Death is a difficult topic to talk about, much less tackle and present in such a beautifully shot, emotionally charged, and naturally serene film that is I Was a Simple Man.
Writer/director Christopher Makoto Yogi’s second feature film I Was a Simple Man debuted on Friday, Jan. 29 at Sundance Film Festival for the U.S. Dramatic Competition. It’s been a while since I’ve watched a film that starred a full Asian American cast, created by a Asian American crew. I definitely looked forward to I Was a Simple Man‘s screening.
Synopsis of feature film, I Was a Simple Man
The rushing wind on the North Shore of Oahu, Hawai’i, never stops. It constantly rustles the leaves outside Masao (Steve Iwamoto)’s house, providing a balmy sonic backdrop. As Masao gets sicker, ghosts of his past, including his wife, Grace (Constance Wu), visits him. She helps shepherd him into the beyond.
About Christopher Makoto Yogi
Christopher Makoto Yogi is from Honolulu, Hawai’i. His debut feature film, August at Akiko’s, premiered at International Film Festival Rotterdam. Richard Brody listed the film as one of his “The Best Movies of 2019” in The New Yorker.
During the Filmmaker Intro segment before the premiere of I Was a Simple Man, Yogi explained that the film was “born out of love for my home, Hawaii” and that he was ecstatic “to share my love for my home through the opportunity of cinema.”
Warning: Minor spoilers ahead.
Read our review of I Was a Simple Man
Haunting themes of death, grief, trauma
Masao lost the love of his life and he just wasn’t really right after that. And he couldn’t care for his children; he chose to seek comfort in drinking and gambling. But the event of Grace’s death already occurred prior to the opening of the film’s timeline. What stood out was the film exploring Masao’s life and his inevitable death. We learn in the first ten minutes that he is sick and dying. About two or three times in the film, the ghost of Grace asks Masao “Dying isn’t simple, is it?” Though his friend and neighbor Akiko actually tried to soothe him and remind him that his illness “is a part of [him] now” and to “let it in.” This interaction hinted at Masao’s inevitable death. Although I knew the film conclude with his death, I was hooked from the start. I needed to know more about this flawed, simple man.
Masao’s daughter Kati (Chanel Akiko Hirai) played a role in the story to explore grief. She was a young girl when she lost her mother and the flashbacks of young Kati spending time with her father helped us learn how she handled
The Japanese American immigrant story comes out
In the many flashbacks during the film, some of which are actually out of order so it took me a moment to put the timeline together in my head, we learn that young Masao’s drunk of a father never considered Hawaii as his home. Masao’s parents wanted to go back to Japan and when they did, World War II happened. Masao stayed in Hawaii and the rest is history.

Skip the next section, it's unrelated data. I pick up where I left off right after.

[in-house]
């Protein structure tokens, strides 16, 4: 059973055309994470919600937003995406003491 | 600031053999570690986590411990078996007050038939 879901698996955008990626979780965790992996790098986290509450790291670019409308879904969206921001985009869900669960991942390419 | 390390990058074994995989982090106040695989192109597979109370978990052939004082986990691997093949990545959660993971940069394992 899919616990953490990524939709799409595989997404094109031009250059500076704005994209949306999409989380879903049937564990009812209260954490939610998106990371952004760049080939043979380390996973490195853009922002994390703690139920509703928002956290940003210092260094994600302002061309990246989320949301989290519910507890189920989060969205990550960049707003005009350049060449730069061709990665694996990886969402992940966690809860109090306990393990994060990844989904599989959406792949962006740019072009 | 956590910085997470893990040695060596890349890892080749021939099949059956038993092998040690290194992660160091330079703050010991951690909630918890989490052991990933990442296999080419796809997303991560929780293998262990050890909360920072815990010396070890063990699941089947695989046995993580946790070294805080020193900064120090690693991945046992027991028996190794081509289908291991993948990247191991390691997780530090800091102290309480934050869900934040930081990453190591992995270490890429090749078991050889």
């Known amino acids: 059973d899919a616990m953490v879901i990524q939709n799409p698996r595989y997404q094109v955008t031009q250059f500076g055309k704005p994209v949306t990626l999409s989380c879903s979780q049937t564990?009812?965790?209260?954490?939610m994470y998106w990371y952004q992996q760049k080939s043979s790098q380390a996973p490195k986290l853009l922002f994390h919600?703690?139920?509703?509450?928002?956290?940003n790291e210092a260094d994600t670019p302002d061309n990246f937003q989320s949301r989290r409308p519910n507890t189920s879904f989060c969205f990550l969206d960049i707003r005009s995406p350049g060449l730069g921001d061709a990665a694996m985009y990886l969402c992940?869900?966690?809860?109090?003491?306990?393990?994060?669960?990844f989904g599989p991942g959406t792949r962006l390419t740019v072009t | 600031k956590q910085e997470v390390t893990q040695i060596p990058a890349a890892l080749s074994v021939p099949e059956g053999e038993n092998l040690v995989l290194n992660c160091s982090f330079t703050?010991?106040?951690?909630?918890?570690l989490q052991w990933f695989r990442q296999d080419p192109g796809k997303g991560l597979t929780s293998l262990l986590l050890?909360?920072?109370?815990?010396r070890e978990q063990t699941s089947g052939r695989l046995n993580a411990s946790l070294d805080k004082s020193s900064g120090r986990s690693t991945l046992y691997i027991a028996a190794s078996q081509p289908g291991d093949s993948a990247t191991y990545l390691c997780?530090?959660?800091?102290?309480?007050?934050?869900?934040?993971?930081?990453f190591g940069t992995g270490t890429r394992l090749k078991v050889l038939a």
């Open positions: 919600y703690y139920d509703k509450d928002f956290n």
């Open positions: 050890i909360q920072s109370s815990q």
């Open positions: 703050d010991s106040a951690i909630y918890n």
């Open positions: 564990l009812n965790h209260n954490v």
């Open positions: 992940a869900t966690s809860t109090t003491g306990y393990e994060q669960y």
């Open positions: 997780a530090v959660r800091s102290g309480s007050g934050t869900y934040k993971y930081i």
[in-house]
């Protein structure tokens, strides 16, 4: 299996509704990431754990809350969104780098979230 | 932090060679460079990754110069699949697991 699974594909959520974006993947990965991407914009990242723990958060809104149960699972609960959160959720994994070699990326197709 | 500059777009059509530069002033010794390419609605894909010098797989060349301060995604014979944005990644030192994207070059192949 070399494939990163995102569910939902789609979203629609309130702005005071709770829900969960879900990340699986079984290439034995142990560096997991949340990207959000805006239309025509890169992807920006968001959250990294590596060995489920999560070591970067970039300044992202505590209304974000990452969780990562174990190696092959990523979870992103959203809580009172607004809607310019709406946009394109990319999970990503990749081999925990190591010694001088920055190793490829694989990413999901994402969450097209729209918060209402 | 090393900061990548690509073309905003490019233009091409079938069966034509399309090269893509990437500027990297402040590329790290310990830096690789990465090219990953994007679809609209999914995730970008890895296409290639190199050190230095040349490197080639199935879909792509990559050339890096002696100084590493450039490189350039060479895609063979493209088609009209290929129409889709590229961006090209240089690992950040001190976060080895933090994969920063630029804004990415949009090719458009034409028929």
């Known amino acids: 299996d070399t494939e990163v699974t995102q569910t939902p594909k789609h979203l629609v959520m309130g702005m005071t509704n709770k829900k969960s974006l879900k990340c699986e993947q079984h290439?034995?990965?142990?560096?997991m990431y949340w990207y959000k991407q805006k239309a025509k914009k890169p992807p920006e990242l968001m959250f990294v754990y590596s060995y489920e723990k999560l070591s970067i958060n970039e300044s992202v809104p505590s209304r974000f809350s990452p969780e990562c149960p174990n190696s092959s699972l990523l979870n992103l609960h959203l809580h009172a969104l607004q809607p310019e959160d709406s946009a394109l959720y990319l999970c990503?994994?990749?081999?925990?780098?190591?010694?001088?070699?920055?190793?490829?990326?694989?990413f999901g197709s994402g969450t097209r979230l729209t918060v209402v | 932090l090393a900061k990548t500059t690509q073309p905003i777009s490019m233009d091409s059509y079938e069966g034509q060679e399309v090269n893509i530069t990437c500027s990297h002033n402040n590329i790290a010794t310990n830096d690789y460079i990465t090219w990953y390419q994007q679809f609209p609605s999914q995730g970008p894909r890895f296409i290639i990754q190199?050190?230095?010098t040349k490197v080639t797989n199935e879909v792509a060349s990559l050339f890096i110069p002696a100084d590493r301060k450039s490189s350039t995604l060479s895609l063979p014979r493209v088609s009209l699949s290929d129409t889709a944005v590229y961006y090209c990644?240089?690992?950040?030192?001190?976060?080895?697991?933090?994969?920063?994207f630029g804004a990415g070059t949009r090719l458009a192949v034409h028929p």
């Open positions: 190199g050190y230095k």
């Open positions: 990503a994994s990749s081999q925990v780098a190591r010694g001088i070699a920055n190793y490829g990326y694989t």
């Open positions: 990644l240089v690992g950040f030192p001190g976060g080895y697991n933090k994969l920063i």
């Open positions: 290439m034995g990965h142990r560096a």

But what Yogi highlights is a bit of a Japanese American immigrant story, where Masao’s parents were grappling with the idea of where home is. Masao grew up in Hawaii, he always thought of Hawaii as home. The trauma of Masao’s father reverberated into Masao’s present and future.
I Was a Simple Man is a ghost story
Far from scary and quite cathartic. My kind of ghost story, it appears. Anyone who knows me knows I’m not into ghost stories. But Yogi won me over. The ghost of Grace is incredibly melancholic and eerie. She leads viewers through events of the past and in some flashbacks, a young Grace recounts future events as if she’s a seer. I took those scenes as Masao’s subconscious reminding him that death was coming and that his wife was still waiting for him. The ghost of Grace acted like a reaper. She hovered over his bed, biding her time to take him to the other side.
Constance Wu nailed that part. I loved her performance in ABC’s family comedy Fresh Off the Boat and I was so ecstatic to see her perform in this film.
You feel like you’re in Hawaii
During the Filmmaker Intro, Yogi ended with this note: for us to enjoy the next two hours in Hawaii. The film is not only set in pastoral Hawaii, it is fully rooted in pastoral Hawaii. Hawaii itself felt like another character in the film. We see many shots of luscious nature such as close-ups on leafage and far shots of the ocean waves thrashing against the sand, coupled with serene sounds of thunder and rainfall. If you extracted the audio from the film, you’d get your little own soundtrack of pastoral Hawaii.
During the Q&A segment after the film premiere, Yogi stated that “the film takes on a calming, very meditative pace. In a way, I think nature sort of watches over you.” When an online audience member asked about how sound worked in the film, Yogi stated “the idea was to always feel the presence of the island.”
This is my first time attending an online film festival (thank you Sundance!), and I’m so glad I chose to watch Christopher Makoto Yogi’s I Was a Simple Man to kickoff the film festival experience. I hope more people can watch this film someday and appreciate the hauntingly beautiful stories of Hawaiians like our protagonist Masao.
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Featured image credit: A Talk Tree